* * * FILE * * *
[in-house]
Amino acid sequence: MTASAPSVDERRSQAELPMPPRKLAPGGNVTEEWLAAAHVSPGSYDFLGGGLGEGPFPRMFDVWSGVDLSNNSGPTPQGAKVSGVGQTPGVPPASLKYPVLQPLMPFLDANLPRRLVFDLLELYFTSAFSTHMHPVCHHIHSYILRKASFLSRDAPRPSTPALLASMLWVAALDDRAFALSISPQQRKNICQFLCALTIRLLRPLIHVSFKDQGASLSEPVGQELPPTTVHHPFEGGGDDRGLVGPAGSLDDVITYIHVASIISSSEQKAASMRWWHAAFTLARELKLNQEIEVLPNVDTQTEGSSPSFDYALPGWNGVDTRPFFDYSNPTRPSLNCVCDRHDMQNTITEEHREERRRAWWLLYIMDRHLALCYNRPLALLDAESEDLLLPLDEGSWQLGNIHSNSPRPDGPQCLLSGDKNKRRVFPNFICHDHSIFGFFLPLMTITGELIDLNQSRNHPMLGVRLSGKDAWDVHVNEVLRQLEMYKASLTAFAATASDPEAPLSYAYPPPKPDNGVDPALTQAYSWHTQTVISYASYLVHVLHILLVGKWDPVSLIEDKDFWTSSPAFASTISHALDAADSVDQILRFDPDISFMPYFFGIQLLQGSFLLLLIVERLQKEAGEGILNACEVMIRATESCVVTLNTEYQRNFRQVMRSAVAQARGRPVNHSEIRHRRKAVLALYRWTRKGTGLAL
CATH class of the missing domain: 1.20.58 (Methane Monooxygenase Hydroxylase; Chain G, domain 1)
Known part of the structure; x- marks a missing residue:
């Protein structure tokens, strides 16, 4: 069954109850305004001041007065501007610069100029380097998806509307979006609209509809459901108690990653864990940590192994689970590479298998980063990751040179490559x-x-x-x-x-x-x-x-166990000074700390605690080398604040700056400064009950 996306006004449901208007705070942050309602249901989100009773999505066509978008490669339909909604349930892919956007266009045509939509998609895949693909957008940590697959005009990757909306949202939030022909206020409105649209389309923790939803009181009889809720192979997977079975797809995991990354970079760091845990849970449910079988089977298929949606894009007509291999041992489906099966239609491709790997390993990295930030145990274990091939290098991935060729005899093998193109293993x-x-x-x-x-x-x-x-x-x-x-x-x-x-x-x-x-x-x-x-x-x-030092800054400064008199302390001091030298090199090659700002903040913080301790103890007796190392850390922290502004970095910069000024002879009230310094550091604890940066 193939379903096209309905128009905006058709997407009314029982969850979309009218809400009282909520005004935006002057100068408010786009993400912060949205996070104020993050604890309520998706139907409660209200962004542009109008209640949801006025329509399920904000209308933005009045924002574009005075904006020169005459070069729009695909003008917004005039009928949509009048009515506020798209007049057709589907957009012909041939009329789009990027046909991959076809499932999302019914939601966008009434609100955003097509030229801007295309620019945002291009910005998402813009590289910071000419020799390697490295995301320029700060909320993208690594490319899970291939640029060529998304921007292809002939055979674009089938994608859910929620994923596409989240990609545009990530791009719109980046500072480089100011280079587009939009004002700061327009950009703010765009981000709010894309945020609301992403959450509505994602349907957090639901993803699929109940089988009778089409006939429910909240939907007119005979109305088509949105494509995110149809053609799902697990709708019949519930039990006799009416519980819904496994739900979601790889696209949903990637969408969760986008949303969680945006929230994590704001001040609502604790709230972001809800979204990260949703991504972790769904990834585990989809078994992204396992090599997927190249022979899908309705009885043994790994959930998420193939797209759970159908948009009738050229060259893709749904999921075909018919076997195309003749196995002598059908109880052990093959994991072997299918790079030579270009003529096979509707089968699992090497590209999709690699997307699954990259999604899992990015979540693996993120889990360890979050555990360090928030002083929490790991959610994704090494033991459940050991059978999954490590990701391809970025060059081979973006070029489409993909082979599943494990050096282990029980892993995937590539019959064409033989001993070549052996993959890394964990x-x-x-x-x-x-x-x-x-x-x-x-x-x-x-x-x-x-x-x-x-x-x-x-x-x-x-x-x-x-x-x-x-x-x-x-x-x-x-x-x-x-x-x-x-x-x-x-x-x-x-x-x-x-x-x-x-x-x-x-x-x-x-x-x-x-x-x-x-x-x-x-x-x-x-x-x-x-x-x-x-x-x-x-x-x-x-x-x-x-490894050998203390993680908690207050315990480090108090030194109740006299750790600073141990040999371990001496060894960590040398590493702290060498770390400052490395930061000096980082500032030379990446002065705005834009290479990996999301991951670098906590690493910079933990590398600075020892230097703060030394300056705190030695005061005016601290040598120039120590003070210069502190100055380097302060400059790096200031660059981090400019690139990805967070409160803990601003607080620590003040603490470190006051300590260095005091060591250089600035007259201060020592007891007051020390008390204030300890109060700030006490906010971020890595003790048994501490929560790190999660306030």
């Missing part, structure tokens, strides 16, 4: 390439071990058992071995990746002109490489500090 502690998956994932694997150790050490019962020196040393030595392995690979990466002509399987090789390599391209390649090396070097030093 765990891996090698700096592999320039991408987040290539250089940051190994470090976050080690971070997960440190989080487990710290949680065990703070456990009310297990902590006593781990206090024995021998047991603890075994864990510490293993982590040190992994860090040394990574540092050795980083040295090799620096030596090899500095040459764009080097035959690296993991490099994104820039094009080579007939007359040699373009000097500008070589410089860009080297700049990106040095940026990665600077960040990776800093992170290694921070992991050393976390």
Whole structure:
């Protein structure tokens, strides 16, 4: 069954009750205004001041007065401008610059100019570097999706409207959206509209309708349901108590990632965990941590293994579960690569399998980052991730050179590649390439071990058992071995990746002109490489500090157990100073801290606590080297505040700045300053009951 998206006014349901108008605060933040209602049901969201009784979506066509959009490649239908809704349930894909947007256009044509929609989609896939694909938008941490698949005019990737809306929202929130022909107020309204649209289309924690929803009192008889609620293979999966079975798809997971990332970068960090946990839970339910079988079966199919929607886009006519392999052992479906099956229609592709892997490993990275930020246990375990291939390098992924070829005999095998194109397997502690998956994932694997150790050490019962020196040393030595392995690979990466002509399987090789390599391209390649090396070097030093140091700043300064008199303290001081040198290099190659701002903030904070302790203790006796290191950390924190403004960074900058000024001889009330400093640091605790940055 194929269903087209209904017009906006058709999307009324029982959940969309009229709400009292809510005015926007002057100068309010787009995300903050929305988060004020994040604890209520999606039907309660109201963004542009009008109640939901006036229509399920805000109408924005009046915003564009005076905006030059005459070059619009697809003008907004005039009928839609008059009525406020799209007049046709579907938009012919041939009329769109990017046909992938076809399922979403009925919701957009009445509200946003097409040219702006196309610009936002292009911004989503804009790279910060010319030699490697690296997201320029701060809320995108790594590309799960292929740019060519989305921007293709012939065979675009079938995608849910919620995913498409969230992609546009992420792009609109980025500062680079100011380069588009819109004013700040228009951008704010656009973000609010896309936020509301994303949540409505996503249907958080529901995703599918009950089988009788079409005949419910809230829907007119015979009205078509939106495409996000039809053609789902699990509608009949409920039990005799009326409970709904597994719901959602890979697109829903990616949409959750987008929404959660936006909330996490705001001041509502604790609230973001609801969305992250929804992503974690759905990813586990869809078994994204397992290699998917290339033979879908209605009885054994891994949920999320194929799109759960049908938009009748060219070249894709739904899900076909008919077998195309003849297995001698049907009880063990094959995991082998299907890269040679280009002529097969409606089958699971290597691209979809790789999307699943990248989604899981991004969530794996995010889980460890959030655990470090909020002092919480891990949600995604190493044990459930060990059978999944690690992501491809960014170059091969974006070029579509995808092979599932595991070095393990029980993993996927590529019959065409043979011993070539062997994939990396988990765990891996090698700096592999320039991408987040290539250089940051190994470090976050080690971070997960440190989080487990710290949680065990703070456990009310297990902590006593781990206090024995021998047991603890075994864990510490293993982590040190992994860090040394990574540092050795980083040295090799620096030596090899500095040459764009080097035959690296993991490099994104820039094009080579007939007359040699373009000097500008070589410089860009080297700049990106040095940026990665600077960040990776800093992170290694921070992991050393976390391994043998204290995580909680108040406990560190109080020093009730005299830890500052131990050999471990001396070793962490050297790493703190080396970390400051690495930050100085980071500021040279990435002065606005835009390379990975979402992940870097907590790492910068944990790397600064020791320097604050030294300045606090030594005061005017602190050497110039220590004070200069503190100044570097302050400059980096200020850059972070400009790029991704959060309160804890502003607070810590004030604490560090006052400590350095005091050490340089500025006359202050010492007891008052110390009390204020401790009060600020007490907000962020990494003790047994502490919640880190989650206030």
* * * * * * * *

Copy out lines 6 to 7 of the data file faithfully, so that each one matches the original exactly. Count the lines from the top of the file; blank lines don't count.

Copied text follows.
């Missing part, structure tokens, strides 16, 4: 390439071990058992071995990746002109490489500090 502690998956994932694997150790050490019962020196040393030595392995690979990466002509399987090789390599391209390649090396070097030093 765990891996090698700096592999320039991408987040290539250089940051190994470090976050080690971070997960440190989080487990710290949680065990703070456990009310297990902590006593781990206090024995021998047991603890075994864990510490293993982590040190992994860090040394990574540092050795980083040295090799620096030596090899500095040459764009080097035959690296993991490099994104820039094009080579007939007359040699373009000097500008070589410089860009080297700049990106040095940026990665600077960040990776800093992170290694921070992991050393976390």
Whole structure: